James Suckling opines: “Very deep crimson with ample purple reflections. Extremely intense, persistent bouquet showing elegant nuances of violets, red berries, cherry and toasted vanilla as well as balsamic, leather and mineral notes and hints of chocolate, black pepper and cinnamon. 95/100.” $27 (Stock #9052). The very well-made regular 2018 Monte Antico is a wonderful “best buy” at only $19 (Stock #9055).

Suckling also appreciates the 2018 Poggio Antico Lemartine that he feels this way about: “Lots of ripe cherry and raspberry aromas and flavours. It’s full and layered with ripe tannins and a flavourful finish. Just a hint of austerity at the end gives it interest. A blend of sangiovese, cabernet sauvignon and petit verdot. Drink or hold.” $49 (Stock #9078).

The 2018 Fattoria Le Pupille Saffredi Maremma Toscana is from an area on the coast of Tuscany that is out of the Chianti region, and some beautiful wines are originating there. For instance, James Suckling gives Saffredi 97 for a score as he writes: “A fantastic nose to this with currant, sage, rosemary and rose-petal character. Sweet tobacco and spicy chocolate, too. Very complex. The palate shows lovely depth of fruit with blackberries, blackcurrants and fine tannins. It’s racy and refined with a direct, focused palate. Just a baby.”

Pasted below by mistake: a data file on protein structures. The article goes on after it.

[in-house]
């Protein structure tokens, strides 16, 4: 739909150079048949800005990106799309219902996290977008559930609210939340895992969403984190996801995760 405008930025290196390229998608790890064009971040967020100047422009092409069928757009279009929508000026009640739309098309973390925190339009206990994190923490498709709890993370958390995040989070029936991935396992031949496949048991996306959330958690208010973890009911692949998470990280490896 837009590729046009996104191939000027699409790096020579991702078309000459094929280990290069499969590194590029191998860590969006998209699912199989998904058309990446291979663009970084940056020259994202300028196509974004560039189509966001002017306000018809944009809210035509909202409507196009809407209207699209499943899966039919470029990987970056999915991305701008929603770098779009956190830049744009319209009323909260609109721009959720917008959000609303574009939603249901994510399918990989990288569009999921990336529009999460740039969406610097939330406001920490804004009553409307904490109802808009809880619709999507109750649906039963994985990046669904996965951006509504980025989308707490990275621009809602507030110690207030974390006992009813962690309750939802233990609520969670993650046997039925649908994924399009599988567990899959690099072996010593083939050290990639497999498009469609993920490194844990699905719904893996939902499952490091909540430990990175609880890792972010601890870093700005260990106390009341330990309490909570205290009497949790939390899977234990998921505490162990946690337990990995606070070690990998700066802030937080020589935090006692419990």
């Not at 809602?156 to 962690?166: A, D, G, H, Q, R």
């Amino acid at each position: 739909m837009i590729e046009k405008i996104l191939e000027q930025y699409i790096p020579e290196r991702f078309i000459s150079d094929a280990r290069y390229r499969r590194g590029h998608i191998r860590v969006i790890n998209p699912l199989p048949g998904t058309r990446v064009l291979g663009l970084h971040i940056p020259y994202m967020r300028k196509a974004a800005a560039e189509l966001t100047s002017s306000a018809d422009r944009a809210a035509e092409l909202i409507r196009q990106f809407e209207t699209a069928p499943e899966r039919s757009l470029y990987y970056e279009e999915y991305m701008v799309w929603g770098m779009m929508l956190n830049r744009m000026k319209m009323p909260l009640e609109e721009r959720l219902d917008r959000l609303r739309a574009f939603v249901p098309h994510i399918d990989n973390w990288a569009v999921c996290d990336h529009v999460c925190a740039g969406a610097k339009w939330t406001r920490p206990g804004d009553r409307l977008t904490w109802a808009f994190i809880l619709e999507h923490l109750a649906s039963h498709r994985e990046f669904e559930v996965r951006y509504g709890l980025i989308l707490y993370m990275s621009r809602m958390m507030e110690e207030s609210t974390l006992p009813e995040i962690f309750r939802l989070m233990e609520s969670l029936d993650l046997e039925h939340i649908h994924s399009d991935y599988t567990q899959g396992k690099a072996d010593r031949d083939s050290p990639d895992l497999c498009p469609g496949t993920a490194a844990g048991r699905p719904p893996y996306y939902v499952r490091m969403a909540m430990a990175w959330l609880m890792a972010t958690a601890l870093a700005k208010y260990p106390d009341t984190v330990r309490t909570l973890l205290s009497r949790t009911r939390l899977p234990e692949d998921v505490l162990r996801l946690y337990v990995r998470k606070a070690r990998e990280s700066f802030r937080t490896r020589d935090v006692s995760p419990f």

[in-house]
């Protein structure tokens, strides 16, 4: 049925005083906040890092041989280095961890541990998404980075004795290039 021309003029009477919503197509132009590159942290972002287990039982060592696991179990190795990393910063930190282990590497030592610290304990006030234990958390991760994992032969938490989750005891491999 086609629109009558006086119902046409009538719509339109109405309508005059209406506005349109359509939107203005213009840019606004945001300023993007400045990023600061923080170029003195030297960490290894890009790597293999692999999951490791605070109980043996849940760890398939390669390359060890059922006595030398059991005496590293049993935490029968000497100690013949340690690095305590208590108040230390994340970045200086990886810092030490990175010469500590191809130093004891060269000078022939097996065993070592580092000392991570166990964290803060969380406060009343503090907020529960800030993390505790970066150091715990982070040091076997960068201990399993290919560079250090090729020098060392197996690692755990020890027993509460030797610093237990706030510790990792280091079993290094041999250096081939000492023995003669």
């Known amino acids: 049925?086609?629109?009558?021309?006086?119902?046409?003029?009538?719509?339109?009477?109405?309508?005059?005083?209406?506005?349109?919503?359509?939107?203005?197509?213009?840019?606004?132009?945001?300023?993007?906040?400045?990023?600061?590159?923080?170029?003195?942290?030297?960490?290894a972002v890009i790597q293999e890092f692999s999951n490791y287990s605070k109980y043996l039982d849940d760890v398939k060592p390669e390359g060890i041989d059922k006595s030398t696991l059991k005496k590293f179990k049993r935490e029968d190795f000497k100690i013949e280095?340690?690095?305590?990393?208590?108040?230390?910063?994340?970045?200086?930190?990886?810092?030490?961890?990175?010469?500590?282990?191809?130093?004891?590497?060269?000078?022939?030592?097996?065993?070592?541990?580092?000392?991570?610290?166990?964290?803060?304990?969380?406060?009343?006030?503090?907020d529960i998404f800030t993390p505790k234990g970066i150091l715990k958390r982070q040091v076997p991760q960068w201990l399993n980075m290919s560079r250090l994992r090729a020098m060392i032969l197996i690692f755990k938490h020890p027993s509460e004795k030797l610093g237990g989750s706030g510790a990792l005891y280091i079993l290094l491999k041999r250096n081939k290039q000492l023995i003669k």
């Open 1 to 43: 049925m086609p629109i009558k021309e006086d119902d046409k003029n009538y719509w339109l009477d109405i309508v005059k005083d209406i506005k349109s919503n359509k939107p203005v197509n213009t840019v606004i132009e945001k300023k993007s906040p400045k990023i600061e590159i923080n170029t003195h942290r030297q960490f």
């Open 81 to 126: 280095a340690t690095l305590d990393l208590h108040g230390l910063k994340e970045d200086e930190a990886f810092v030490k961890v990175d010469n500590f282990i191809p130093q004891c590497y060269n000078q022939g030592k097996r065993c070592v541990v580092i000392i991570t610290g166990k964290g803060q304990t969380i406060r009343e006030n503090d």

It garners 96 points from Robert Parker’s Wine Advocate and this: “The Fattoria le Pupille 2018 Saffredi borrows quite a bit from all of the grapes that make up the blend (cabernet sauvignon, merlot and petit verdot). These balanced results open to a round bouquet of dark fruit, black cherry and plum. As the wine warms in the glass, it shows spice, cured tobacco and campfire embers. This is a full-bodied expression, but not excessively so.” $125 (Stock #9203).

• This column is an advertorial for Burrows Lightbourn Ltd. Contact Michael Robinson at mrobinson@bll.bm. Burrows Lightbourn has stores in Hamilton (Front Street East, 295-1554) and Paget (Harbour Road, 236-0355). Visit www.wineonline.bm

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Published November 04, 2022 at 8:00 am (Updated November 03, 2022 at 4:50 pm)

Be wary of perfection